When I first told a composer-friend of mine that I was taking a job as a PreK-8 music teacher, he matter-of-factly said, “You won’t get much composing done this year. But don’t worry, it will get better each year.” He wasn’t warning me as if it was a bad idea to take the job or that it would threaten my composing altogether. He was only speaking from experience. At one point, he also taught music in grades PreK-8.
I didn’t really believe him, though. I thought it would take a couple of months to get used to the routine, and then I would figure out a way to compose on my days off. After all, I’m not teaching full-time.
I was wrong. It has been a much greater struggle than I expected. My days off aren’t full of composing. They are full of lesson planning, grading, and catching up on rest. Various things like getting haircuts and shopping for needed shoes have to happen, too. For a while, I was able to do some compositional research. But once the grading hit at the end of the first quarter it seems there’s always been something urgent that has pushed my opportunity to compose to the wayside.
After the 1st quarter ended, it was time to get ready for the holidays. That meant extra practicing for upcoming performances, plus meal prep since, while my husband does most of the day-to-day cooking these days, I still do the gourmet stuff for big events. I started the New Year well, but during the second week of January I got sick for a few days. (Was it COVID? I don’t know. The test came back negative.) Those sick days put me very behind. I got behind on second-quarter grading, which then put me behind in getting some recordings done for one of the choruses I accompany, which put me behind on another recording I still have to do. That recording isn’t finished because….my two-year-old laptop computer broke. Upon opening it one morning, the hinge literally came apart, and the screen bulged out from the frame.
I immediately had to shift gears and research which new computer I would buy, a time-consuming chore that came much earlier than I expected. While I mostly compose with paper and pencil, I need my computer for a lot of other related work like uploading scores to my website and submitting to competitions, besides the ordinary things like email. Getting a computer immediately became first priority. Instead of composing, I’ve been setting up my new computers and uploading software. (I will share my new choices in an upcoming blog post.)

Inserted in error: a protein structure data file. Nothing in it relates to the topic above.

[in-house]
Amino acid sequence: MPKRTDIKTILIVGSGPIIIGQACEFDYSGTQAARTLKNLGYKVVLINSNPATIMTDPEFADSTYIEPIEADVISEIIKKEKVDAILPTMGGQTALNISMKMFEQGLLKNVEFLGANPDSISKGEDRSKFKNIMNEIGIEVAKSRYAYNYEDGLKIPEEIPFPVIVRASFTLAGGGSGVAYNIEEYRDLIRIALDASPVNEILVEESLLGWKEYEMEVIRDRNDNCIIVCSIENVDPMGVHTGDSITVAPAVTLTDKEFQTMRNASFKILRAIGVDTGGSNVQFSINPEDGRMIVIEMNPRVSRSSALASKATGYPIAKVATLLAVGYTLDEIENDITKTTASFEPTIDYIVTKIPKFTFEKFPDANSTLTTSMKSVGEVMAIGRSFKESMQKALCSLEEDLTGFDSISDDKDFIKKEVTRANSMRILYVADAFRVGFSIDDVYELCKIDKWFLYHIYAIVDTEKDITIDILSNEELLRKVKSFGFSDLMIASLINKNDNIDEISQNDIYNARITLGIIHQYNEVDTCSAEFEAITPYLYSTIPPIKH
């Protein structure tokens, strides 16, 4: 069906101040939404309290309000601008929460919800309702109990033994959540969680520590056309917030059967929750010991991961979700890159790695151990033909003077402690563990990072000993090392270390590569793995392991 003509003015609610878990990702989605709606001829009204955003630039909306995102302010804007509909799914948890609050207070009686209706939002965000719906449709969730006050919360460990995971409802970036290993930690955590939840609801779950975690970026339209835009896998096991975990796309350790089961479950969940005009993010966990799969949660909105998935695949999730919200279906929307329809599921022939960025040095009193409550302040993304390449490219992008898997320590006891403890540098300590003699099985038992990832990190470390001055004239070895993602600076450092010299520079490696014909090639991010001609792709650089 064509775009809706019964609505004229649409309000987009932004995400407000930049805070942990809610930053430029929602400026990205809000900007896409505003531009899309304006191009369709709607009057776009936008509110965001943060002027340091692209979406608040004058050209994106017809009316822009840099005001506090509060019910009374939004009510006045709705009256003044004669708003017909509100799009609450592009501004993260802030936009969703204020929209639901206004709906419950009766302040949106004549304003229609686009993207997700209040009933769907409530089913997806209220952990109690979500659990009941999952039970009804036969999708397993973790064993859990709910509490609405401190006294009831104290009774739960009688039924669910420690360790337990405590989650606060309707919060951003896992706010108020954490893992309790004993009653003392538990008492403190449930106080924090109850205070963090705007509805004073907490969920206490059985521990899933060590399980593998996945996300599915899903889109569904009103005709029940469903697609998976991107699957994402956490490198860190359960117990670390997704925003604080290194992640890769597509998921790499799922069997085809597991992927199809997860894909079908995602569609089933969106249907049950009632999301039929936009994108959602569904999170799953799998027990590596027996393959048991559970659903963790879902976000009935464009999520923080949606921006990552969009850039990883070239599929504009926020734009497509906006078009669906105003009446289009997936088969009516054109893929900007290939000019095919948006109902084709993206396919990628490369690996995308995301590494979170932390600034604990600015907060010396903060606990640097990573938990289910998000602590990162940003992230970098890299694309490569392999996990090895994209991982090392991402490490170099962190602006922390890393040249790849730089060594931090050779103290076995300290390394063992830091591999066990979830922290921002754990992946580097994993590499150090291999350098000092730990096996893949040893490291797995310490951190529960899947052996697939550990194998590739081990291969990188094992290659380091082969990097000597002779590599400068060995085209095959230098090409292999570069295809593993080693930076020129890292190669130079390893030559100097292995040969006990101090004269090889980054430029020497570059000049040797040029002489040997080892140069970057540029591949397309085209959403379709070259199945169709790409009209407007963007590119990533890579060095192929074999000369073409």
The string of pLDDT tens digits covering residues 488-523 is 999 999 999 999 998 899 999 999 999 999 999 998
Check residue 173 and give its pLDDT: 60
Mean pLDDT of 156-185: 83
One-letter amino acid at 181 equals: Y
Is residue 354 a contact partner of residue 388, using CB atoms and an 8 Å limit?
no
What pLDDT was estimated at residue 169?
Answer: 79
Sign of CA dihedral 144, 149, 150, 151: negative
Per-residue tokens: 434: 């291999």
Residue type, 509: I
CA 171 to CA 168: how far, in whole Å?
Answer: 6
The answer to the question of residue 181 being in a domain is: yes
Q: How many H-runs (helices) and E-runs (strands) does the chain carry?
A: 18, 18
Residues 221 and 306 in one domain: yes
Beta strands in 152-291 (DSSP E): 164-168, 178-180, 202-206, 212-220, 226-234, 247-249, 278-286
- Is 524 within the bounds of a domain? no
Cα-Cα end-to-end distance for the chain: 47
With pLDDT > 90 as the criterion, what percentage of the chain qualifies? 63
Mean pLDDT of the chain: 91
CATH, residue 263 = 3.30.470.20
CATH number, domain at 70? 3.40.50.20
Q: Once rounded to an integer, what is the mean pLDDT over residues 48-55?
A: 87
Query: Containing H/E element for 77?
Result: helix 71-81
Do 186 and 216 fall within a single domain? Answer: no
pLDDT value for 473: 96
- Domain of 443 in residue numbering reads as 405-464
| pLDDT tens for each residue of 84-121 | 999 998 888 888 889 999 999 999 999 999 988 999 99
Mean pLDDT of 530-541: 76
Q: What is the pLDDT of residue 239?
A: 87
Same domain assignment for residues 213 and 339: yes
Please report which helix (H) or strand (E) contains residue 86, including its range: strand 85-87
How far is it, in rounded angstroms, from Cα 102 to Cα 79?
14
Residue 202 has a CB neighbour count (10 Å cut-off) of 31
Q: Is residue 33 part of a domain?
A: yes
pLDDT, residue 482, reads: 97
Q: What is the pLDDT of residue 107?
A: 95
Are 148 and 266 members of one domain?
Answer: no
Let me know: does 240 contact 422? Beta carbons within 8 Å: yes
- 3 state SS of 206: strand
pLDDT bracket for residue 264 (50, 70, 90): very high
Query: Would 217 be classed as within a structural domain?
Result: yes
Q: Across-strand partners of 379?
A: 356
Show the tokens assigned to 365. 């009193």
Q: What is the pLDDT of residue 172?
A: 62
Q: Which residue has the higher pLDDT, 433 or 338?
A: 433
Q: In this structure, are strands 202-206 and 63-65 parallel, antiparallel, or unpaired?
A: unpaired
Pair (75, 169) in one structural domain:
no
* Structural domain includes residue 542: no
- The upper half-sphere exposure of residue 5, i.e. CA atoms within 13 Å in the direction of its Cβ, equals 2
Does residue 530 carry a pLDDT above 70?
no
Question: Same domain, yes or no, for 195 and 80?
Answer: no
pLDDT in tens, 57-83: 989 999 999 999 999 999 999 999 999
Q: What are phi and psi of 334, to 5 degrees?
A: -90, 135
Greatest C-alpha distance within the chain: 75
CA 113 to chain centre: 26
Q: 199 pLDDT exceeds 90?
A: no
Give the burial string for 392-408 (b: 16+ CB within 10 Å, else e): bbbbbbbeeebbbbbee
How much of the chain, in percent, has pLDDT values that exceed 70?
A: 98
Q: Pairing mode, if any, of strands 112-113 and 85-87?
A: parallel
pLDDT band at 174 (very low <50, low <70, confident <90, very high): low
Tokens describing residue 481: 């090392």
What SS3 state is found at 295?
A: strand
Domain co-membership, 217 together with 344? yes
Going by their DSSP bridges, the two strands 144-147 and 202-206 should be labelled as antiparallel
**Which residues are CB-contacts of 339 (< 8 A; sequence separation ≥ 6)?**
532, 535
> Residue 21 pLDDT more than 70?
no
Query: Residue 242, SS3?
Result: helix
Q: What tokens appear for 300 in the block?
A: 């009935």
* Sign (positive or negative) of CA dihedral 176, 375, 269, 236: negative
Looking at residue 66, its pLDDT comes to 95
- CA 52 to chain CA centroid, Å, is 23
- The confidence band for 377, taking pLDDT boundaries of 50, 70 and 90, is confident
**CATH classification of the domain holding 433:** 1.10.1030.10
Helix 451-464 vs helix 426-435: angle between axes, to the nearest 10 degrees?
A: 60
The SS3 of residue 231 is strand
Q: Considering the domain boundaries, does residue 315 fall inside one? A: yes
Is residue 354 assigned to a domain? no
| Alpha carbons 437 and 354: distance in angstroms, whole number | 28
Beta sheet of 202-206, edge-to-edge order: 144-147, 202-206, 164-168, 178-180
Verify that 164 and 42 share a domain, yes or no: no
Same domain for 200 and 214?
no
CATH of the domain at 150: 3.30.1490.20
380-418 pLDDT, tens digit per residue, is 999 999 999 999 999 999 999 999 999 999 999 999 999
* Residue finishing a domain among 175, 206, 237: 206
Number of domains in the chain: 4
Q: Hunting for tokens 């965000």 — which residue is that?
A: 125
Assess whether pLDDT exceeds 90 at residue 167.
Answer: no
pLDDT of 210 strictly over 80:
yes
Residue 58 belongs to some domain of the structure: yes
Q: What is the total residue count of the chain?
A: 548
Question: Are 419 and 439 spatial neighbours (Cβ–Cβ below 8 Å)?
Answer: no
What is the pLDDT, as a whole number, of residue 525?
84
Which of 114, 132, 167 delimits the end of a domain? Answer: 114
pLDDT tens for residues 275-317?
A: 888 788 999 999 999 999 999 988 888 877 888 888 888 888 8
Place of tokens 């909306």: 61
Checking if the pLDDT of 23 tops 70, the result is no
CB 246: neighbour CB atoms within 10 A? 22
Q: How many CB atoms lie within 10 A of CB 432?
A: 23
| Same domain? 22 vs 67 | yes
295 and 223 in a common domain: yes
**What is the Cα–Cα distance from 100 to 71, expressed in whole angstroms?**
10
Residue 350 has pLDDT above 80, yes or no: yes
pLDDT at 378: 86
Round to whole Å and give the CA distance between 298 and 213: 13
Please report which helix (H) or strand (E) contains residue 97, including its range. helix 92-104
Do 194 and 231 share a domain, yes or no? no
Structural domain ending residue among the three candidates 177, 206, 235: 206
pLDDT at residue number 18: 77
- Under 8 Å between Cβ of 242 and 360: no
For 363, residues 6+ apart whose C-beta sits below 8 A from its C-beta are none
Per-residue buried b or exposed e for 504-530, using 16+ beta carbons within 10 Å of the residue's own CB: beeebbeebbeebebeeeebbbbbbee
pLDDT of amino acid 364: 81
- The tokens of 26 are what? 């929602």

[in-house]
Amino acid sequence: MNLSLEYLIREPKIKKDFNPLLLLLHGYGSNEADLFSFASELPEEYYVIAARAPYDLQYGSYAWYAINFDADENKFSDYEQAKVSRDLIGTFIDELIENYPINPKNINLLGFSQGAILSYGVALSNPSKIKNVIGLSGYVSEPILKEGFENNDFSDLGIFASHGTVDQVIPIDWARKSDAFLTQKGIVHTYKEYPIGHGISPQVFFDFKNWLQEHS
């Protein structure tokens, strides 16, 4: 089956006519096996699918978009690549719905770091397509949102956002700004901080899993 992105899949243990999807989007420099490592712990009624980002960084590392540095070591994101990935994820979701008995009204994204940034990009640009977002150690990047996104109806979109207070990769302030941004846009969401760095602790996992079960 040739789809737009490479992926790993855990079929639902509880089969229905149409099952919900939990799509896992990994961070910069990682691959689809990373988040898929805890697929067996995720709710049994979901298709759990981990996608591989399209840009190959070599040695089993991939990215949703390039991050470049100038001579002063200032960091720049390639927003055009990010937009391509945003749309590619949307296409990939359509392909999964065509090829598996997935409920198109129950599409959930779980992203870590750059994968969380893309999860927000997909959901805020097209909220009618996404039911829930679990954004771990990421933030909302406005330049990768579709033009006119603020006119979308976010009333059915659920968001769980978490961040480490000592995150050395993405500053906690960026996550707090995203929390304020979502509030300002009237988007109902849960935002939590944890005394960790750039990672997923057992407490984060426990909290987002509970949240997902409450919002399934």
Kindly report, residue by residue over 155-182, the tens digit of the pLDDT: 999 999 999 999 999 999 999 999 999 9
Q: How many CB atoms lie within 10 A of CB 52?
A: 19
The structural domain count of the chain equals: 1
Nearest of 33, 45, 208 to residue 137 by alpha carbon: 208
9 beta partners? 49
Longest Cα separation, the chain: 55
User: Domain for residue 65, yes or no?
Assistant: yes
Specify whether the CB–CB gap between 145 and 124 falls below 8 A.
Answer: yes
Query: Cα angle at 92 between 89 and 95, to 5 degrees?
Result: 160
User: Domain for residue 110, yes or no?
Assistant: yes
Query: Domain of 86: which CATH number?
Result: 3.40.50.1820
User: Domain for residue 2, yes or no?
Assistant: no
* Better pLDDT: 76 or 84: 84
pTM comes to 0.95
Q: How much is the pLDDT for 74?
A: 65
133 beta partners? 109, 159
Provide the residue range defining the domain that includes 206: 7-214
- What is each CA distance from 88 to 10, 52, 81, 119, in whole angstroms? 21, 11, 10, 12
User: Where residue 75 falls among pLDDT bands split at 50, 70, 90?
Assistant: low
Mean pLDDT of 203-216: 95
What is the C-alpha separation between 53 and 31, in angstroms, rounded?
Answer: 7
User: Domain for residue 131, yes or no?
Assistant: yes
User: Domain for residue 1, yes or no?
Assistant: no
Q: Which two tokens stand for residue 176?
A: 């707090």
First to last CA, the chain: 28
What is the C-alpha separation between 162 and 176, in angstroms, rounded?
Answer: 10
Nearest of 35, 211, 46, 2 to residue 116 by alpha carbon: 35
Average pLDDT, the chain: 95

After I get the recording done (hopefully this week!) I will then start preparing for a trip to California next month where I will be performing and making a presentation at the national conference of the Christian Fellowship of Art Music Composers. Perhaps in April I will squeeze in some composing amidst Easter, third quarter grades, and practicing for performances taking place in early May.
Several years ago, I had a conversation with my composition teacher about this very topic. Like me, he too is a teacher (college-level), a pianist, and a composer. He talked about the seasons of work. He shared that he didn’t get much composing done during the teaching year or when he was performing a lot, and he didn’t practice much during the times he focused on composing.
I’d prefer to do a little bit of everything every day, but it hasn’t been working out that way this year. That doesn’t mean I have done nothing related to composing. I added a harp part to my piece, Daughter of the Stars. I wrote a short piano piece, Meditation No.4: Be Near Me, Lord Jesus in December. I’ve entered several competitions and calls for scores. I did a bunch of marketing and publishing work. I am currently considering getting a professional recording done.
My frustration is about not being able to work on new or unfinished pieces. The list of ideas for pieces grows every week! Brainstorming is not a weakness of mine (though on the flip side I could win an “overthinking” award.) If I wrote from sun-up to sundown, I would not get through them all. The endless list of pieces I want to write haunts me when I am struggling to find time to work on even one of them.
My therapist tells me to relax instead of worrying about what I’m going to do next, or when, and enjoy the fruits of my labor. That’s hard. But her advice seems to match up with the experience of my composition teacher. Teach when it’s time to teach, perform when it’s time to perform, compose when it’s time to compose.
I wrote most of this blog post in-between giving private lessons and while supervising 8th grade study hall. (It’s a lot easier to write words than music in those brief moments.) I finished it up this morning, and now I’m off to a meeting, then setting up my computer, and working on that recording. The specters of future pieces remain at my door, like a pile of neighborhood kids impatiently asking, “When are you going to be able to come out and play?”
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